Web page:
No, not telepathy or using the Force. Learn a language, play chess or practise saying everything backwards. ekil tahT.

3) Eat clever
The school dinner ladies were right. Eat fish and you'll be bright. (And maybe a poet too, if you eat as clever as me.)

4) Reduce stress
You know when you're stressed, you just can't find the toothpaste and the measuring tape? Me too. Just chill and they magically appear. Seriously.

5) Meditate
Something to do with 'cerebral', 'cortex' and 'thickening'. Exactly.

So, if you see me chilling on the sofa at work, speaking hcnerF, eating fish fingers and sitting in lotus position, I am NOT just skiving, ok?

Wednesday, March 07, 2007

An ethical code for robots

This is the stuff of the future... or the not so distant future, it seems. South Korean experts are drawing up an ethical code for robots to ensure their - and our - welfare. Is it enough to prevent robots harming humans and humans harming robots? If robots ever achieve a similar intellectual state - would it be advisable to suggest, or even dictate, a moral code which covers actions, honesty, speech etc...

Should this kind of moral behaviour be preprogrammed, or should robots benefit from as much freedom, and the chance to learn from their own experiences, as us? (Although they undoubtedly will find a way to break their programming, as in all the good science fiction movies.) If not, should we not reprogram ourselves? I could indulge in a bit of hardcore hypnotherapy to ensure that I act perfectly morally and soundly - then I'd be some kind of super human that you could all emulate. Although I wouldn't have achieved any level of awareness or understanding, and perhaps that's the key.

Interestingly, the super team drawing up this ethical code include futurists (whatever they are) and a science fiction writer. Would it be useful to have a representative from each religion - then we could have moral, compassionate robots with an acceptance of all religions and none. Wow. Then they'd be better than us. This blog has some unique suggestions as to what the 'bot's code of conduct could be.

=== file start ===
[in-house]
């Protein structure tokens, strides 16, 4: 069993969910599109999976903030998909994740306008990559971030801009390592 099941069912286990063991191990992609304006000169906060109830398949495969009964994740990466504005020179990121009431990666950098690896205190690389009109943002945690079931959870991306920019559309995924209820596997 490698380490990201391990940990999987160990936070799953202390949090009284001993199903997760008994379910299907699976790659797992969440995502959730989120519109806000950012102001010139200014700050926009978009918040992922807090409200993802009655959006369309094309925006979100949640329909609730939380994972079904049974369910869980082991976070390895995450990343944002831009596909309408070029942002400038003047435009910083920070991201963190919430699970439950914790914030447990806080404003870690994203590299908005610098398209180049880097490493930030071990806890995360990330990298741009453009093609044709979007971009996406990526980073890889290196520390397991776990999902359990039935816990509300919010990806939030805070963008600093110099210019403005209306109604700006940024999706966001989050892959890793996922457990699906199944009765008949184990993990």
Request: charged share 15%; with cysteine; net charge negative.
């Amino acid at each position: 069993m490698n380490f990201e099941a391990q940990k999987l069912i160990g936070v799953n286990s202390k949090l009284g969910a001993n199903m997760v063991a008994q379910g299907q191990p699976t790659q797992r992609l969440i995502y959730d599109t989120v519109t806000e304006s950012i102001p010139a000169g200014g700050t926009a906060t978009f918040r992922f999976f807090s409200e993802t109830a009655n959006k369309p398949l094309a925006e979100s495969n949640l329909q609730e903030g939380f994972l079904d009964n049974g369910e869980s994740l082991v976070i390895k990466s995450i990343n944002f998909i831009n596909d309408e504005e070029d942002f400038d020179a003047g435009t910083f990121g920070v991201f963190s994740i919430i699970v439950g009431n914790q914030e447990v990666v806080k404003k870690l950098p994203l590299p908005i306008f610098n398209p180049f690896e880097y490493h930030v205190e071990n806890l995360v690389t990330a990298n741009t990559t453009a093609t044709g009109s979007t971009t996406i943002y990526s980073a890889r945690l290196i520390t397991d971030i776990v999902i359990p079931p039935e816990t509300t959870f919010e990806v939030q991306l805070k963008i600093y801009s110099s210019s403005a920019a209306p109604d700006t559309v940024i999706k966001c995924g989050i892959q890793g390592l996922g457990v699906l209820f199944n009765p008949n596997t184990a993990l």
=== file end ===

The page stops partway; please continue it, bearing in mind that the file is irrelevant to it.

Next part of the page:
One of the robot team has fears of a robot on human action, 'Imagine if some people treat androids as if the machines were their wives.' Would this be wrong? How would it differ from sex toys, or cyber sex? Human beings have been unecessary companions for a while now. Most techno-with-it people communicate and hang out with other beings on the web, virtual friends are as popular as 3D ones. I suspect with the rapid advancement of technology, ethical dilemmas such as these will become more important. Until then, we can just laugh at the techno-nerds.

Thursday, March 01, 2007


This is great. It really is. I came across the new craze (?) via Wired magazine. Conservapedia is 'a conservative encyclopedia you can trust.' That's right, not only does it serve America's conservative majority (let's not worry about the readers in the rest of the world) but reassuringly it 'is a much-needed alternative to Wikipedia, which is increasingly anti-Christian and anti-American.'

Really, how so? Well, Wiki commits the heinous crimes of using
'the anti-Christian "C.E." instead of "A.D."'. Anti-Christian, or just neutral? I think, but correct me if I'm wrong, that a huge percentage of the world's population are not actually Christian.

Oh and another terrible Wiki faux-pas is to use British English spellings, 'Look up "Division of labor" on Wikipedia and it automatically converts to the British spelling "Division of labour..."' I mean, we're using English as a world language here, I presume? Therefore it must be American English, dammit; the most original and pure!

I love the romantic tale they tell of the myth known as Buddhism:

Legend has it that Buddhism's foundations lie with an Indian prince, Siddhartha Gautama, who, after observing the suffering of his people, longed to discover the reason for suffering and pain. There are many romanticised accounts and theories as to the course of Gautama's life. One particularly simplified story proclaims that he went into meditation for a long time seated under a tree, and after finishing his period of meditation formed Buddhism.
(I admit, I anglicised the spelling here.)

On a serious note, I'm wondering what purpose such an encyclopedia has. It clearly serves a purpose for an archive of censured and biased information for a particular audience (and not just those poking fun). But as for claiming to be an unbiased, educational, clean and concise reference tool - I just don't get it. Self-delusion or pure propaganda?